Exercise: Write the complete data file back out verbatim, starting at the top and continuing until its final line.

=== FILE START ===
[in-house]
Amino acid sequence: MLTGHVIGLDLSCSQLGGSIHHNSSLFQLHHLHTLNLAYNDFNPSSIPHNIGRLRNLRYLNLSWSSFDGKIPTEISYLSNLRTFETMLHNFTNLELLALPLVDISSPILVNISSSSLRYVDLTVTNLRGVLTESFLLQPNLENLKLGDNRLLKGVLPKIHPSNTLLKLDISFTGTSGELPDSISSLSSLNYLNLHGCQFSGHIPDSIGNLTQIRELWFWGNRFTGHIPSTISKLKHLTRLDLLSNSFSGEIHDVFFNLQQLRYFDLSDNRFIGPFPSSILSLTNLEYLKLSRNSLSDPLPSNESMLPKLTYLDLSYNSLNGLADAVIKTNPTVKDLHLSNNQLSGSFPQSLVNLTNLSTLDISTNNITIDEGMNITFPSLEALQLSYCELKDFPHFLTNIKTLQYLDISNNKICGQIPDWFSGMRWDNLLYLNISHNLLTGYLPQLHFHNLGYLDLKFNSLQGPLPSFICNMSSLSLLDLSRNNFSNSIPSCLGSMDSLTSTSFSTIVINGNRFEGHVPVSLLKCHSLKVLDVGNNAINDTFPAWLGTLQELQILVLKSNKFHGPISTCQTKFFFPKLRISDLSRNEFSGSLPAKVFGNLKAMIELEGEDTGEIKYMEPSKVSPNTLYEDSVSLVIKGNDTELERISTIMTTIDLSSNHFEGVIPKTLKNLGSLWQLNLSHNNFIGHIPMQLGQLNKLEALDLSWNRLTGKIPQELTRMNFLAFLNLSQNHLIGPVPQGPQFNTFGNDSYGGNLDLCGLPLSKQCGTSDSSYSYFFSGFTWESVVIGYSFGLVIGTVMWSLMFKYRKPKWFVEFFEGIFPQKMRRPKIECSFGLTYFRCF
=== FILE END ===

[in-house]
Amino acid sequence: MLTGHVIGLDLSCSQLGGSIHHNSSLFQLHHLHTLNLAYNDFNPSSIPHNIGRLRNLRYLNLSWSSFDGKIPTEISYLSNLRTFETMLHNFTNLELLALPLVDISSPILVNISSSSLRYVDLTVTNLRGVLTESFLLQPNLENLKLGDNRLLKGVLPKIHPSNTLLKLDISFTGTSGELPDSISSLSSLNYLNLHGCQFSGHIPDSIGNLTQIRELWFWGNRFTGHIPSTISKLKHLTRLDLLSNSFSGEIHDVFFNLQQLRYFDLSDNRFIGPFPSSILSLTNLEYLKLSRNSLSDPLPSNESMLPKLTYLDLSYNSLNGLADAVIKTNPTVKDLHLSNNQLSGSFPQSLVNLTNLSTLDISTNNITIDEGMNITFPSLEALQLSYCELKDFPHFLTNIKTLQYLDISNNKICGQIPDWFSGMRWDNLLYLNISHNLLTGYLPQLHFHNLGYLDLKFNSLQGPLPSFICNMSSLSLLDLSRNNFSNSIPSCLGSMDSLTSTSFSTIVINGNRFEGHVPVSLLKCHSLKVLDVGNNAINDTFPAWLGTLQELQILVLKSNKFHGPISTCQTKFFFPKLRISDLSRNEFSGSLPAKVFGNLKAMIELEGEDTGEIKYMEPSKVSPNTLYEDSVSLVIKGNDTELERISTIMTTIDLSSNHFEGVIPKTLKNLGSLWQLNLSHNNFIGHIPMQLGQLNKLEALDLSWNRLTGKIPQELTRMNFLAFLNLSQNHLIGPVPQGPQFNTFGNDSYGGNLDLCGLPLSKQCGTSDSSYSYFFSGFTWESVVIGYSFGLVIGTVMWSLMFKYRKPKWFVEFFEGIFPQKMRRPKIECSFGLTYFRCF